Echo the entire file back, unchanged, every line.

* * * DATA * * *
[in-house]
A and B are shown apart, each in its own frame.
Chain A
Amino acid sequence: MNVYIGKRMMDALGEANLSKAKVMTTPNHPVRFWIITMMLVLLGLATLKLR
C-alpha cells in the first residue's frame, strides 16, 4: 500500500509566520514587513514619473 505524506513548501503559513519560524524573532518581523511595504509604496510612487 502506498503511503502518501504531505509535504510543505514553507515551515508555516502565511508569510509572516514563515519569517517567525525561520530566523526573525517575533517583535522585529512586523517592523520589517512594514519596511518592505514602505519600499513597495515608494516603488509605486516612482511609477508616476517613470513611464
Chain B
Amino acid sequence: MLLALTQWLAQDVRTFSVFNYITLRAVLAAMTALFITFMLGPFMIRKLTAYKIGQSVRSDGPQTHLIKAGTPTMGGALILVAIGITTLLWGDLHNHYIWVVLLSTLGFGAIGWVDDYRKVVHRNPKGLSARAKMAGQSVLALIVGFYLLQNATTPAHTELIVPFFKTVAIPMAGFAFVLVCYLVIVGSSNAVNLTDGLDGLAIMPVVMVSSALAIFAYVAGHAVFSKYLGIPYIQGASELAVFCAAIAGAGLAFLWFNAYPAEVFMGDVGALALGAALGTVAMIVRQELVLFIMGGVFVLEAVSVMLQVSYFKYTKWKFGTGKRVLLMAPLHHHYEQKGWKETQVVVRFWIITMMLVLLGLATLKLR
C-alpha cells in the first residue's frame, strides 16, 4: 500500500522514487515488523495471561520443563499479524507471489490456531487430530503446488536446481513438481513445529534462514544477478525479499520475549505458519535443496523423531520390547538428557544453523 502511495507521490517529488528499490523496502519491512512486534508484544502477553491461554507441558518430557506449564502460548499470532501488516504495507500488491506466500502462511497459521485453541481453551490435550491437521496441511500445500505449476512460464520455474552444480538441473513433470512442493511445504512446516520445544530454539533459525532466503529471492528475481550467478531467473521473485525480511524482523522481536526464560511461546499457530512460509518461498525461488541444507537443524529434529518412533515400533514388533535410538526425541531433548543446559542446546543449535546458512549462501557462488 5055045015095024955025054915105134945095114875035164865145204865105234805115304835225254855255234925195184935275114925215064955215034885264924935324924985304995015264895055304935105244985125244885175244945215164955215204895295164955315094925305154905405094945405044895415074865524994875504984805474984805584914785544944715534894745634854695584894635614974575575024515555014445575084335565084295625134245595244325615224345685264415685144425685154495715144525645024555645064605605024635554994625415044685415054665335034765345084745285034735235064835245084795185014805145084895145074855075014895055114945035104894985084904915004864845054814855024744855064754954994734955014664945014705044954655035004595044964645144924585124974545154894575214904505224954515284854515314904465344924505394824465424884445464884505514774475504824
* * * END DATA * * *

[in-house]
A and B are shown apart, each in its own frame.
Chain A
Amino acid sequence: MNVYIGKRMMDALGEANLSKAKVMTTPNHPVRFWIITMMLVLLGLATLKLR
C-alpha cells in the first residue's frame, strides 16, 4: 500500500509566520514587513514619473 505524506513548501503559513519560524524573532518581523511595504509604496510612487 502506498503511503502518501504531505509535504510543505514553507515551515508555516502565511508569510509572516514563515519569517517567525525561520530566523526573525517575533517583535522585529512586523517592523520589517512594514519596511518592505514602505519600499513597495515608494516603488509605486516612482511609477508616476517613470513611464
Chain B
Amino acid sequence: MLLALTQWLAQDVRTFSVFNYITLRAVLAAMTALFITFMLGPFMIRKLTAYKIGQSVRSDGPQTHLIKAGTPTMGGALILVAIGITTLLWGDLHNHYIWVVLLSTLGFGAIGWVDDYRKVVHRNPKGLSARAKMAGQSVLALIVGFYLLQNATTPAHTELIVPFFKTVAIPMAGFAFVLVCYLVIVGSSNAVNLTDGLDGLAIMPVVMVSSALAIFAYVAGHAVFSKYLGIPYIQGASELAVFCAAIAGAGLAFLWFNAYPAEVFMGDVGALALGAALGTVAMIVRQELVLFIMGGVFVLEAVSVMLQVSYFKYTKWKFGTGKRVLLMAPLHHHYEQKGWKETQVVVRFWIITMMLVLLGLATLKLR
C-alpha cells in the first residue's frame, strides 16, 4: 500500500522514487515488523495471561520443563499479524507471489490456531487430530503446488536446481513438481513445529534462514544477478525479499520475549505458519535443496523423531520390547538428557544453523 502511495507521490517529488528499490523496502519491512512486534508484544502477553491461554507441558518430557506449564502460548499470532501488516504495507500488491506466500502462511497459521485453541481453551490435550491437521496441511500445500505449476512460464520455474552444480538441473513433470512442493511445504512446516520445544530454539533459525532466503529471492528475481550467478531467473521473485525480511524482523522481536526464560511461546499457530512460509518461498525461488541444507537443524529434529518412533515400533514388533535410538526425541531433548543446559542446546543449535546458512549462501557462488 5055045015095024955025054915105134945095114875035164865145204865105234805115304835225254855255234925195184935275114925215064955215034885264924935324924985304995015264895055304935105244985125244885175244945215164955215204895295164955315094925305154905405094945405044895415074865524994875504984805474984805584914785544944715534894745634854695584894635614974575575024515555014445575084335565084295625134245595244325615224345685264415685144425685154495715144525645024555645064605605024635554994625415044685415054665335034765345084745285034735235064835245084795185014805145084895145074855075014895055114945035104894985084904915004864845054814855024744855064754954994734955014664945014705044954655035004595044964645144924585124974545154894575214904505224954515284854515314904465344924505394824465424884445464884505514774475504824